The November Show is still open free of charge this weekend through November 13.
I headed to the Wee "c" Miniatures Show last night (with a couple of more hours left today). It's a small show but worth the admission.
A Pocket Full of Wishes - a green jug for a bargain price. It has a couple of chips but those are easily fixed with paint and sealer.
I always pick up birds from Barbara Ann Meyer. This time she had chickadees in Santa hats! :D
Wildwood Dollhouse & Miniatures - she called this a bug, but it looks like a colorful turtle to me. :] Either way, it appealed to me with its uniqueness and vibrance.
Patricia Hopkins Studio - she was selling some vintage kits to reduce her stash, so I picked up this firescreen and candle holder.
She also had some lovely floral plates.
KMWohrstein - a little bronze vase
Sandy's Lace - some gorgeous silk fabric and silk gauze. The gauze is 42 count, and I might give true petitpoint a try with it. I've tried 40 count, but I end up with bare spots because I pull too hard. I'm not going to retrain myself to stitch after all these years, so I will try a different medium. :D
Continuing work on the Model T Van. The kit comes with rubber tires that you stretch over the plastic wheels. The wheels are substantial, so you don't risk snapping them in half during this process.
From the examples I've seen, the real life wheels were natural wood or painted. I opted for semi-gloss black. The tires have a nice tread.
My second kit's tires were defective with a mottled surface, but one of those four was in decent condition on one side. These extras will be used for something else.
You are to sand the hub parts so the wheels turn freely. I've never been a fan of the phrase sand to fit, but these worked relatively well. I left them a little stiff so the Model T doesn't roll away on me, but one ended up really stiff. If it doesn't end up spinning in the end, I won't worry about it. Since I opted to make these parts black and thought added paint would hinder functionality, I colored the sanded edges with a Sharpie.
This was by far the easiest part of the building process. :D
There's just one more day for my fall etsy sale: free shipping with a minimum $30 purchase to U.S. addresses through November 8. Use code OTTERINESHIP30 during checkout.
Tomorrow evening, November 8PM MST, the November Show opens online. I'm participating again, and I have a couple of new minis to unveil there. I'm offering free U.S. shipping or $4 off international shipping to early birds on November 8 and 9. It opens to the public free of charge November 10-13.
Copper plant stand/bookshelf hand painted in a fine patina -- I have two available.
Copper pet bed upholstered with paw print fabric -- I have one available.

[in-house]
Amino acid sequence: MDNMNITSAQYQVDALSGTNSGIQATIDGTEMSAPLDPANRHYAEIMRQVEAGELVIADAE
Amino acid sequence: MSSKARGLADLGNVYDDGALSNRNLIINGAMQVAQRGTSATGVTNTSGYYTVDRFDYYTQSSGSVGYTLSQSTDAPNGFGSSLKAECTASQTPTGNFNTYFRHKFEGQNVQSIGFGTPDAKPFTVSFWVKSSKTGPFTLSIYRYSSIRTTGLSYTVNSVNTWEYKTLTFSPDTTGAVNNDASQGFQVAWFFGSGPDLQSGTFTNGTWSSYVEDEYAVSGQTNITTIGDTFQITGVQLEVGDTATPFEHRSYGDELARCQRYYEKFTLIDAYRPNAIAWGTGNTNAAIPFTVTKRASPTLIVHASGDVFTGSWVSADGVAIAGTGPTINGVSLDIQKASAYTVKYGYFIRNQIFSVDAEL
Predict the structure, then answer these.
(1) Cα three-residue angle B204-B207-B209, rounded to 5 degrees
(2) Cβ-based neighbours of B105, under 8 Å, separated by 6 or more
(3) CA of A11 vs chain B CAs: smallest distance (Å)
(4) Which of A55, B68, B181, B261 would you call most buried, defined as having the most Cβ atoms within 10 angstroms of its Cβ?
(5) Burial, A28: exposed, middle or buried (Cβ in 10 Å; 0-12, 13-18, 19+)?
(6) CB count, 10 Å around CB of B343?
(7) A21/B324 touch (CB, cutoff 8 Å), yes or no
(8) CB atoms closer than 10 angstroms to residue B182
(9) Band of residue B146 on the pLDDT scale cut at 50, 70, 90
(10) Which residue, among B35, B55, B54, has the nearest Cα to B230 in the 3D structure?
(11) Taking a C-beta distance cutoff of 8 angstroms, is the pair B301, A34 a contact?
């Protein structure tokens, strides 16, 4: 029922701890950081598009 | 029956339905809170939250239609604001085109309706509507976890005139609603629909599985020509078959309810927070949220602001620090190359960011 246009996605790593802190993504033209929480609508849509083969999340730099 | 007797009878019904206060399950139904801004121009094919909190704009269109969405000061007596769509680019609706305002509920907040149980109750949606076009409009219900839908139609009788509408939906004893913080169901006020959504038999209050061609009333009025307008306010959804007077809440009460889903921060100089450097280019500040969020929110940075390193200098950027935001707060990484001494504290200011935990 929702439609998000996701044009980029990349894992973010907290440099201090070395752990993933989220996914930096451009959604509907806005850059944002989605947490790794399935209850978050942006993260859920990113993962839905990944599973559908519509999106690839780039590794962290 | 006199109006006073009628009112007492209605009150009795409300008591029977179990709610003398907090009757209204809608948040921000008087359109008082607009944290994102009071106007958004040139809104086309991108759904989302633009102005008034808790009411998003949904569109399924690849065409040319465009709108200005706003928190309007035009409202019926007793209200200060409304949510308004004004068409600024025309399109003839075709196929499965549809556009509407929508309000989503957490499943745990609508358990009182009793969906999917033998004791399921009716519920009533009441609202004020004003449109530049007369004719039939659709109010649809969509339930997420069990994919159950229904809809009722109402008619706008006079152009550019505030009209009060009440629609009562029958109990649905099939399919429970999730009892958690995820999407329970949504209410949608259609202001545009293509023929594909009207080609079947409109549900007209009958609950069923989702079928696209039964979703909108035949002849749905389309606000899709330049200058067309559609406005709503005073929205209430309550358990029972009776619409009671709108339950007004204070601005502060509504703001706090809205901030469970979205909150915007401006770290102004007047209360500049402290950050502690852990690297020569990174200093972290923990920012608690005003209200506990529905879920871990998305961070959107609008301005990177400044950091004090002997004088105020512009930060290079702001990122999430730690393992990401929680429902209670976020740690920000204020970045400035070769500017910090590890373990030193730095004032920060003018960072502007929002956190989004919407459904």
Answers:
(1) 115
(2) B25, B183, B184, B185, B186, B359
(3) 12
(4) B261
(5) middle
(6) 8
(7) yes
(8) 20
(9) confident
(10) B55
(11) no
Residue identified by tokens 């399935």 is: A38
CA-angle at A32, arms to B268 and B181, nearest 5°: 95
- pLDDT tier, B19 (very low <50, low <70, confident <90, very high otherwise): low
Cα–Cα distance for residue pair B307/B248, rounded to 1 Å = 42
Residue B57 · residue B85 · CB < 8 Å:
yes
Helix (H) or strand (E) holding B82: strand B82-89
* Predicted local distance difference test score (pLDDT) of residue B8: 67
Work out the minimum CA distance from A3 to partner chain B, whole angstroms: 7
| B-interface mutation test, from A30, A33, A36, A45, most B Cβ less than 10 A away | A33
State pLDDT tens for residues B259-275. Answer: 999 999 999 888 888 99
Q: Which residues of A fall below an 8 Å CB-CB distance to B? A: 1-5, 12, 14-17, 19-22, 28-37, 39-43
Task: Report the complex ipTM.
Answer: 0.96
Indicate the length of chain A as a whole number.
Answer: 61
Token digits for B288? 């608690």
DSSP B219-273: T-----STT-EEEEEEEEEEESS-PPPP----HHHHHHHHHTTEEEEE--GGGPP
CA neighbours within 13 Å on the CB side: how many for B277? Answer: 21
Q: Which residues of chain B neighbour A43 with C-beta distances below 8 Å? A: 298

Continuing work on the Model T Van. There are eight lights on this model: two headlights, two side lamps, two coach lamps and two taillights. I figured I would give LED lighting a go for the headlights and possibly the taillights. I opted not to attempt wiring the side lamps and coach lamps mainly because there was no way to hide the wires inside the cabin.
I detailed the headlight installation in part 6. The lamps are mounted, but I left off the brass valves and tubing so I could give this a whirl. If it didn't work out, I could just install the original parts that simulate the gas lines.
I am using pico size 3V LEDs in warm white from Evan Designs. I could have probably used nano size, but the chips I had on hand were too large and I ordered the pico to be on the safe side. It's plenty of light for the purpose; they are quite bright for the size. Besides, it's not like the Model T was equipped with halogen high beams.
I found tubing in an unlikely place -- the pony bead jewelry section at Hobby Lobby. It's not exactly to scale, but it should blend in well enough. It's also more malleable than the tubing included with the kit.
There's a hole on the bottom for the brass valve in each headlight, and I made these larger before installation to allow the tubing to fit.
I threaded the wires through the tubing, leaving it as long as possible for now. There was already a tubing map in the instructions since you were to fake these gas lines in the original kit. I didn't follow it; instead I used electrical tape to hold things in place along a route leading to the rear cabin.
I'll put the battery and switch there.
Electrical tape can look like rubber bands in a model and holds well. Being black, it blends in with the chassis.